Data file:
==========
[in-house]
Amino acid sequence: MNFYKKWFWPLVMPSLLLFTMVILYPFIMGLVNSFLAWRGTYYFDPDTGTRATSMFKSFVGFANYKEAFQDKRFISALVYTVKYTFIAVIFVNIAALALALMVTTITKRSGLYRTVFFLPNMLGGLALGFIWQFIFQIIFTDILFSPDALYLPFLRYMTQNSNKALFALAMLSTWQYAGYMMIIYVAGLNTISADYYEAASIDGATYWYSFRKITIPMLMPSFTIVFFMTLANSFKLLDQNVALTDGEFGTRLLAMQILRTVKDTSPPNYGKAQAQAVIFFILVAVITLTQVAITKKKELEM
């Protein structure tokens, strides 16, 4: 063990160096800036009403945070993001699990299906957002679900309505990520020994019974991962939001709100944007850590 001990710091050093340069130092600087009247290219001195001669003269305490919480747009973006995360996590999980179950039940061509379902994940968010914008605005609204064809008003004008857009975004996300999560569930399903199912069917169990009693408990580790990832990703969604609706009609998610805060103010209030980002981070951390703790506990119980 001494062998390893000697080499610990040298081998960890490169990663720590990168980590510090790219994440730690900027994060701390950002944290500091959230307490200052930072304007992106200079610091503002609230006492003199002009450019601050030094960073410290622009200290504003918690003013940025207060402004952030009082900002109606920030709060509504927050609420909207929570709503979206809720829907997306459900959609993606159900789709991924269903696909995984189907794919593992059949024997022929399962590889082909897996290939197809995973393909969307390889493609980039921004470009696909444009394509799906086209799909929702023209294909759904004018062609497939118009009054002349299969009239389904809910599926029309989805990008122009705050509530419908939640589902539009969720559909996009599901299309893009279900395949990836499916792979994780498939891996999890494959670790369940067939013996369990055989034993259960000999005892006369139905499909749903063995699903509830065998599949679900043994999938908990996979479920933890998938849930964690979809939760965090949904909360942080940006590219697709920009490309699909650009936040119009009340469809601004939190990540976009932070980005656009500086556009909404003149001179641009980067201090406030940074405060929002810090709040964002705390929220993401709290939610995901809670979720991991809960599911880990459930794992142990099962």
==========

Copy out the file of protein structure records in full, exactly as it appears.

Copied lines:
[in-house]
Amino acid sequence: MNFYKKWFWPLVMPSLLLFTMVILYPFIMGLVNSFLAWRGTYYFDPDTGTRATSMFKSFVGFANYKEAFQDKRFISALVYTVKYTFIAVIFVNIAALALALMVTTITKRSGLYRTVFFLPNMLGGLALGFIWQFIFQIIFTDILFSPDALYLPFLRYMTQNSNKALFALAMLSTWQYAGYMMIIYVAGLNTISADYYEAASIDGATYWYSFRKITIPMLMPSFTIVFFMTLANSFKLLDQNVALTDGEFGTRLLAMQILRTVKDTSPPNYGKAQAQAVIFFILVAVITLTQVAITKKKELEM
């Protein structure tokens, strides 16, 4: 063990160096800036009403945070993001699990299906957002679900309505990520020994019974991962939001709100944007850590 001990710091050093340069130092600087009247290219001195001669003269305490919480747009973006995360996590999980179950039940061509379902994940968010914008605005609204064809008003004008857009975004996300999560569930399903199912069917169990009693408990580790990832990703969604609706009609998610805060103010209030980002981070951390703790506990119980 001494062998390893000697080499610990040298081998960890490169990663720590990168980590510090790219994440730690900027994060701390950002944290500091959230307490200052930072304007992106200079610091503002609230006492003199002009450019601050030094960073410290622009200290504003918690003013940025207060402004952030009082900002109606920030709060509504927050609420909207929570709503979206809720829907997306459900959609993606159900789709991924269903696909995984189907794919593992059949024997022929399962590889082909897996290939197809995973393909969307390889493609980039921004470009696909444009394509799906086209799909929702023209294909759904004018062609497939118009009054002349299969009239389904809910599926029309989805990008122009705050509530419908939640589902539009969720559909996009599901299309893009279900395949990836499916792979994780498939891996999890494959670790369940067939013996369990055989034993259960000999005892006369139905499909749903063995699903509830065998599949679900043994999938908990996979479920933890998938849930964690979809939760965090949904909360942080940006590219697709920009490309699909650009936040119009009340469809601004939190990540976009932070980005656009500086556009909404003149001179641009980067201090406030940074405060929002810090709040964002705390929220993401709290939610995901809670979720991991809960599911880990459930794992142990099962």